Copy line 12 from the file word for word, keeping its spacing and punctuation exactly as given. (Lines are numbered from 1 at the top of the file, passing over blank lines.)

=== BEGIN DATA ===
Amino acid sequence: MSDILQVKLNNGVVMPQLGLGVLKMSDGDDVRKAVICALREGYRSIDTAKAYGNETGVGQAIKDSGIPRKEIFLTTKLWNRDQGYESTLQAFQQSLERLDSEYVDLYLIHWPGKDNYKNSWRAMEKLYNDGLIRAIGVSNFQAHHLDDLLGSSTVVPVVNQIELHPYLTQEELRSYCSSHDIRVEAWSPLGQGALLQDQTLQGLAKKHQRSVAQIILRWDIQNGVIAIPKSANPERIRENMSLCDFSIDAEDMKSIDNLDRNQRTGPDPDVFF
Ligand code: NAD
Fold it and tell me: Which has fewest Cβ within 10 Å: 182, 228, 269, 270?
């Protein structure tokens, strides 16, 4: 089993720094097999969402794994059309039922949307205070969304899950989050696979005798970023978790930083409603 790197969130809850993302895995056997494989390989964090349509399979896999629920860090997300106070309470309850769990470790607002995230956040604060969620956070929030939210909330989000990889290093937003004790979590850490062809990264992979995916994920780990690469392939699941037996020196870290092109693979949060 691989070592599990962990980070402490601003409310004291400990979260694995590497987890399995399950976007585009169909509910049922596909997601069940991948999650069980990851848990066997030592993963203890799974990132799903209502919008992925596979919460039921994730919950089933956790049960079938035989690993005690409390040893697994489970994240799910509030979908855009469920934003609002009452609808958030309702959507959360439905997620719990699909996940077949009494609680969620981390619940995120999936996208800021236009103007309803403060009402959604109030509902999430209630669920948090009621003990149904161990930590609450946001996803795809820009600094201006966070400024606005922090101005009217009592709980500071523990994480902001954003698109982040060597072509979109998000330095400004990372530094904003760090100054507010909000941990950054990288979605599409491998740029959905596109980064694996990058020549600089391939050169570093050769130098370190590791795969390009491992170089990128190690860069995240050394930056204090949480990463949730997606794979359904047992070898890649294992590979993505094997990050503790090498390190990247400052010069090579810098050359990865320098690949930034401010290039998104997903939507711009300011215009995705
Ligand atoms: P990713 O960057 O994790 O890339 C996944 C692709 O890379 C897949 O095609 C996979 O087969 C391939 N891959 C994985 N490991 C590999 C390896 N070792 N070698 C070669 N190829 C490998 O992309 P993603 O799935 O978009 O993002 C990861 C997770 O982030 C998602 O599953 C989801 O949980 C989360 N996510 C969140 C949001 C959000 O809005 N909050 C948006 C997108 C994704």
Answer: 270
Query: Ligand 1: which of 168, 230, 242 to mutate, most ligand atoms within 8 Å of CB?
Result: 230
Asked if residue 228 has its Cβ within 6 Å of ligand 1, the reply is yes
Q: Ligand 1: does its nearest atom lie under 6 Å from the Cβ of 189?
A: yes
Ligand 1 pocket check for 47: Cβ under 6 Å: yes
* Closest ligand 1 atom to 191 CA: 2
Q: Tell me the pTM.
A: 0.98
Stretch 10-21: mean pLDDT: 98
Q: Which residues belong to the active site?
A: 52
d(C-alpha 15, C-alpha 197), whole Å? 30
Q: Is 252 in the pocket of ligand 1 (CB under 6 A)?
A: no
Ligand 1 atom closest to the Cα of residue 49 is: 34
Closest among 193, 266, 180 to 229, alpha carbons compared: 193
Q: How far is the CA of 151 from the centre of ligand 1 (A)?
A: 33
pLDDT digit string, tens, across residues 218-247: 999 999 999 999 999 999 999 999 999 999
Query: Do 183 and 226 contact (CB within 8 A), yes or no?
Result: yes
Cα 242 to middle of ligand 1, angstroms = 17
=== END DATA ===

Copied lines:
Ligand 1 pocket check for 47: Cβ under 6 Å: yes